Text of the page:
Environment and Development Economics
Climate change is increasing the frequency of extreme weather events, such as drought and heat waves. In this paper, we assess the impact of drought and high temperatures on the employment outcomes of working-age individuals in South Africa between 2008 and 2017. We merge high-resolution weather data with detailed individual-level survey data on labor market outcomes, and estimate causal impacts using a fixed effects framework. We find that increases in the occurrence of drought reduce overall employment. These effects are concentrated in the tertiary sector, amongst informal workers, and in provinces with a higher reliance on tourism. Taken together, our results suggest that the impacts of climate change will be felt unequally by South Africa’s workers.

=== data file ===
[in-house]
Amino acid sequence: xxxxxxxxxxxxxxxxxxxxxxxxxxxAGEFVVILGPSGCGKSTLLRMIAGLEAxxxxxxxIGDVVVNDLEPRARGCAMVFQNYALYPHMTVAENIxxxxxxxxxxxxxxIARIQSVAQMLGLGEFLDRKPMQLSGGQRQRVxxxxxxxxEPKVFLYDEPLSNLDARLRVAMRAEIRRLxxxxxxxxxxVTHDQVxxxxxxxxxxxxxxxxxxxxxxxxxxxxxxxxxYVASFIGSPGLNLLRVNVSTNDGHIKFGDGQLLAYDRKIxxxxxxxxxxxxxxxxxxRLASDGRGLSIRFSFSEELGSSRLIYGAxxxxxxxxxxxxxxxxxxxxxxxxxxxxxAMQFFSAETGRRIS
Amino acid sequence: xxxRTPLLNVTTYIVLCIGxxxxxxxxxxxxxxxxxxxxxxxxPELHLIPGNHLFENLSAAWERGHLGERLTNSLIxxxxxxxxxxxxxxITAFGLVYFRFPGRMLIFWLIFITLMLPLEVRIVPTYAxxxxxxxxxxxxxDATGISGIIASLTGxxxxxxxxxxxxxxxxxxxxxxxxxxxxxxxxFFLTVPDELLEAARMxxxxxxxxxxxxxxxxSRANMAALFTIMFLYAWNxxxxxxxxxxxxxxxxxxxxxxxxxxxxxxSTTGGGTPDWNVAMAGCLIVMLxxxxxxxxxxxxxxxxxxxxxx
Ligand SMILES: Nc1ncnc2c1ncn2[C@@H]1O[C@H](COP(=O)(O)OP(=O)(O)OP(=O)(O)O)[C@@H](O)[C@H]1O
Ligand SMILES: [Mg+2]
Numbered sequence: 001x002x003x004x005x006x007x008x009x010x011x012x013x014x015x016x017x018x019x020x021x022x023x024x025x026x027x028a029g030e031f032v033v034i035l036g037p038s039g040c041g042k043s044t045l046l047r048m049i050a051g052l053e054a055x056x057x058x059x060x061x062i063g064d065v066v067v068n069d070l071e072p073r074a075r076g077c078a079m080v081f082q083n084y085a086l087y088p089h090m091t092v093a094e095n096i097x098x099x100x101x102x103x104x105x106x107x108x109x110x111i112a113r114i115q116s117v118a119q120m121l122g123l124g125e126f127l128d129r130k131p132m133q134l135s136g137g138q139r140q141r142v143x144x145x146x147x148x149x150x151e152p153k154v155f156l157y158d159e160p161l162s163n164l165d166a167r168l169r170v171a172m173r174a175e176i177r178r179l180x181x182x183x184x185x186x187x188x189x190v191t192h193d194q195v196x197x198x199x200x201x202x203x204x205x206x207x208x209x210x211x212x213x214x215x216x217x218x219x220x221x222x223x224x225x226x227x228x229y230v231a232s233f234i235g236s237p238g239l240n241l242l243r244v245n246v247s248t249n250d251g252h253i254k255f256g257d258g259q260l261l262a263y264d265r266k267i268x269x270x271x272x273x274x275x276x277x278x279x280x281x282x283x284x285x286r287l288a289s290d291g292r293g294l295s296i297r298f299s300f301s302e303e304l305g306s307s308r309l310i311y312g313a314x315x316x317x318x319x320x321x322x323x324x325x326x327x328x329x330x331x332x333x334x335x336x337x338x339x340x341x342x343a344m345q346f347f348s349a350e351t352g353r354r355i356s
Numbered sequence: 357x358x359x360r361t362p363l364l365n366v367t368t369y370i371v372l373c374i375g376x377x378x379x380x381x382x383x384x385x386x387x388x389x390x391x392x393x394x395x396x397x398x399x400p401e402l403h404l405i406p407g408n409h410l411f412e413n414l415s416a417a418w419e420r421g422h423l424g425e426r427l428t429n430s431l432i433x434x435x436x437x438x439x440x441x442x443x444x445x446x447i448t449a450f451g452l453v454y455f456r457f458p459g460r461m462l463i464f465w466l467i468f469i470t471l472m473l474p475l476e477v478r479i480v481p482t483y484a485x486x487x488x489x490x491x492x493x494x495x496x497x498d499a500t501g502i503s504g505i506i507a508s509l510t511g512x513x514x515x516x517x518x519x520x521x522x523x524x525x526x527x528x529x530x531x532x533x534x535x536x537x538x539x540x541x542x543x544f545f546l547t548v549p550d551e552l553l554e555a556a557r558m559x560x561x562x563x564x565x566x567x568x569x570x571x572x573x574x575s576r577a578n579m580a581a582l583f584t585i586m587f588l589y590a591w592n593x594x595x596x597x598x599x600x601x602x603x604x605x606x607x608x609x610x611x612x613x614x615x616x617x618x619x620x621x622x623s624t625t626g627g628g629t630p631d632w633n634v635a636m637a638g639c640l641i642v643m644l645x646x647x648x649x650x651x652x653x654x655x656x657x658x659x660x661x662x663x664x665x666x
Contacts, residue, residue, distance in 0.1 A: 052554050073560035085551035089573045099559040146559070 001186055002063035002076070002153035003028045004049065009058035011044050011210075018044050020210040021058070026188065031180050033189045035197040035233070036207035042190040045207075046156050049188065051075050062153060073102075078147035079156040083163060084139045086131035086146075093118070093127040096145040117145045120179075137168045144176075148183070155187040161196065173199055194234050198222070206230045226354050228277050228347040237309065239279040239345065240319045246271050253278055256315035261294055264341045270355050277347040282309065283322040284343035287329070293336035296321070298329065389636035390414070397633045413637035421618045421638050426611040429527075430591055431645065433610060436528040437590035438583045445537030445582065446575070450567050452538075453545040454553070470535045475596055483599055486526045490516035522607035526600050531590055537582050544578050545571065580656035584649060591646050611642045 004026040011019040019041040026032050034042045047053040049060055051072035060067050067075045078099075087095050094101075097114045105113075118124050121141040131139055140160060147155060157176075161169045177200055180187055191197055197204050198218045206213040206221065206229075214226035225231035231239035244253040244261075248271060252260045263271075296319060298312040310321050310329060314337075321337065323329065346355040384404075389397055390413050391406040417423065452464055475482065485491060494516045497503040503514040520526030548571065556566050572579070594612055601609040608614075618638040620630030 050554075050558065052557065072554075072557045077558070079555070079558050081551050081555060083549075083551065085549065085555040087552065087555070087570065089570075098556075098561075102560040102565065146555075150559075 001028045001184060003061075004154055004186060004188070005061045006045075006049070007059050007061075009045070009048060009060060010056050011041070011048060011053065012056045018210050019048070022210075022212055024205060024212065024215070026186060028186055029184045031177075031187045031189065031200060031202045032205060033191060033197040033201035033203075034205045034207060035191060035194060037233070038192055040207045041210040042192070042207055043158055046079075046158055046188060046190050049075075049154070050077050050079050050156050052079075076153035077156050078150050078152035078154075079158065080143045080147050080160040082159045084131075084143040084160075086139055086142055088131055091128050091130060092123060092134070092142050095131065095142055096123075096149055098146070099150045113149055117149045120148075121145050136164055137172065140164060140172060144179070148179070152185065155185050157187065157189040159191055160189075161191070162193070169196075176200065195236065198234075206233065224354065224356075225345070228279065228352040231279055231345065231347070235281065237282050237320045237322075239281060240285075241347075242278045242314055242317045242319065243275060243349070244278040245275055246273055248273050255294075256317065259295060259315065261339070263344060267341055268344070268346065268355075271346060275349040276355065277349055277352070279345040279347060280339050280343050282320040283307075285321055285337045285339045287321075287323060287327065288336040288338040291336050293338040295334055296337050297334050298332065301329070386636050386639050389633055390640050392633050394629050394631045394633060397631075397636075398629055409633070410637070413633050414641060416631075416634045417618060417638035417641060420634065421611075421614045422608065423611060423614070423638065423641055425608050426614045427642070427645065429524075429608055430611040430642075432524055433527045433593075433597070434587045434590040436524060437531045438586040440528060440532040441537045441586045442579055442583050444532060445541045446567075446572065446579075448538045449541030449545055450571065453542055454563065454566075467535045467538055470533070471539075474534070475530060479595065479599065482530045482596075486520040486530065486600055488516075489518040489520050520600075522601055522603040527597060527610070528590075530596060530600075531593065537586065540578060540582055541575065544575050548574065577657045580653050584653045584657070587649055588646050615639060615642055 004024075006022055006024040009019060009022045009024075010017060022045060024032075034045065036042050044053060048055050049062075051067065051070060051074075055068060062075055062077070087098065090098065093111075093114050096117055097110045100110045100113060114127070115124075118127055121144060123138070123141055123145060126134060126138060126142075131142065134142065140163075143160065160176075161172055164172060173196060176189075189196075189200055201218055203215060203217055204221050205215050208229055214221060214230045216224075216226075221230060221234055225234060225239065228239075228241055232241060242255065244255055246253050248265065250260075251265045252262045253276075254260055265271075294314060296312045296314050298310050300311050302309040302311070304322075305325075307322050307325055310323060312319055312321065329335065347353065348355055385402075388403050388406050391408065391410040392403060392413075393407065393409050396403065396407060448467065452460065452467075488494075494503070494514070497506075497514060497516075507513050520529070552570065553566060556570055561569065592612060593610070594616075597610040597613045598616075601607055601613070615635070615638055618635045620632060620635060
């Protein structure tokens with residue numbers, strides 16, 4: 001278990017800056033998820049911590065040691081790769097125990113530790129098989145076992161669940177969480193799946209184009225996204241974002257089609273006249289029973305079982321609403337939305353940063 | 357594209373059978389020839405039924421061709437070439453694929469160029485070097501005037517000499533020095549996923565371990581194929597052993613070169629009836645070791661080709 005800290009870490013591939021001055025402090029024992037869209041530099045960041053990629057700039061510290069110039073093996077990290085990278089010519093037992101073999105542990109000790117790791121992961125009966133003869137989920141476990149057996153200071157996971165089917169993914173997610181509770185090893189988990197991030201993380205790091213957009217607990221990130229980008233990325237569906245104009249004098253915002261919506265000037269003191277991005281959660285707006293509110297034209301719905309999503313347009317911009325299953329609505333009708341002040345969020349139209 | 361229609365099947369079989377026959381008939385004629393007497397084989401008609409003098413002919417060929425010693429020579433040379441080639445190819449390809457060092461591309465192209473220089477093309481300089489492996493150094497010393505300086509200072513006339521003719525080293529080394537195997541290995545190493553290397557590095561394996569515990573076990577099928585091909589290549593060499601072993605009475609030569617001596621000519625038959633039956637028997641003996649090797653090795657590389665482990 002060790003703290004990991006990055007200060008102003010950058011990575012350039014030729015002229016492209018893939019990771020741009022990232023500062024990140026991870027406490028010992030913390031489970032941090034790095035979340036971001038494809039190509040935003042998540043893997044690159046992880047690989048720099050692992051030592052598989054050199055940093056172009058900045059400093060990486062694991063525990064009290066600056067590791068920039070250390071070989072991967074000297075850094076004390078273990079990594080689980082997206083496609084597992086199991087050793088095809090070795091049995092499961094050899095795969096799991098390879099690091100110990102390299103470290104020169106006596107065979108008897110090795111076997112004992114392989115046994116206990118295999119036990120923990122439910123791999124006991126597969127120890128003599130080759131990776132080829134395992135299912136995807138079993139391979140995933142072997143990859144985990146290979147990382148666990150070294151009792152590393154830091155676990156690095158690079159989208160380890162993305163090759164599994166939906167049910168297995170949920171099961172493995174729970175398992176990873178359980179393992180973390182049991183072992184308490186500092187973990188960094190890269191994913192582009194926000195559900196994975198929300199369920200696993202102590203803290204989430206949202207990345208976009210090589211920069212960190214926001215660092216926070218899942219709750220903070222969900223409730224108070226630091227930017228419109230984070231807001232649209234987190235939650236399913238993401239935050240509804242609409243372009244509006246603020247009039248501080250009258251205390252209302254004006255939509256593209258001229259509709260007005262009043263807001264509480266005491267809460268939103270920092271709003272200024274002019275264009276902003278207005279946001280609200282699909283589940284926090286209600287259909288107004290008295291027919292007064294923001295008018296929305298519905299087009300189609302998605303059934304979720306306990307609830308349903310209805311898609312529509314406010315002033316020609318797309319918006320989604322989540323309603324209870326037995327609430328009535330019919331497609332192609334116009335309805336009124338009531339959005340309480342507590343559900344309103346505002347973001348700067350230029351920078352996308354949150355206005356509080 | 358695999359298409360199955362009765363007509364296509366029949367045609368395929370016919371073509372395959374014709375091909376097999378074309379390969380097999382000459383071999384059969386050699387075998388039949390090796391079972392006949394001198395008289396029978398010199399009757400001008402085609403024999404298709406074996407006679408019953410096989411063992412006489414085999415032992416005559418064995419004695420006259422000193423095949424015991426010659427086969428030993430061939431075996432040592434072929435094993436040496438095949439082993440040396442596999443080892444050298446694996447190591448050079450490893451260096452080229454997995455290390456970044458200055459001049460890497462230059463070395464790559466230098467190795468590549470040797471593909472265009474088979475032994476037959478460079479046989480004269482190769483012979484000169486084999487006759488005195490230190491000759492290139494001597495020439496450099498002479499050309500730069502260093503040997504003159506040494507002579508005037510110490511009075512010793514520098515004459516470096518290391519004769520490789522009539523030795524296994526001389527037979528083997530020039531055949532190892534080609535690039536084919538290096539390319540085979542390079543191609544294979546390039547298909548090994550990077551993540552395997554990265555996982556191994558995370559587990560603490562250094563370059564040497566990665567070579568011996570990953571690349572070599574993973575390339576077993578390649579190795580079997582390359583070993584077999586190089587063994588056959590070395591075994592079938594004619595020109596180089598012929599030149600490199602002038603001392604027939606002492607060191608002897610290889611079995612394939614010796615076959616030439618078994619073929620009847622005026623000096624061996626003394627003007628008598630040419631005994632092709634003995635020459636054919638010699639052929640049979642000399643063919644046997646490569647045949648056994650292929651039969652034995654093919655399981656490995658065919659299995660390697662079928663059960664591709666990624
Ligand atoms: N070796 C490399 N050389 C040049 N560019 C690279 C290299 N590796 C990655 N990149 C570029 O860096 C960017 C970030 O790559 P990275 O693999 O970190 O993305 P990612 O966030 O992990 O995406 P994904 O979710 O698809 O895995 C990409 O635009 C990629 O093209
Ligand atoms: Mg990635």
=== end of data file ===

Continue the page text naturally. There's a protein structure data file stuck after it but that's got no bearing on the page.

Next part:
employment, unemployment, climate change, drought, South Africa
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This work is licensed under a Creative Commons Attribution 4.0 International License.
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Brookes Gray, Harriet Margaret; Taraz, Vis; and Halliday, Simon, "The Impact of Weather Shocks on Employment Outcomes: Evidence from South Africa" (2023). Environmental Science and Policy: Faculty Publications, Smith College, Northampton, MA.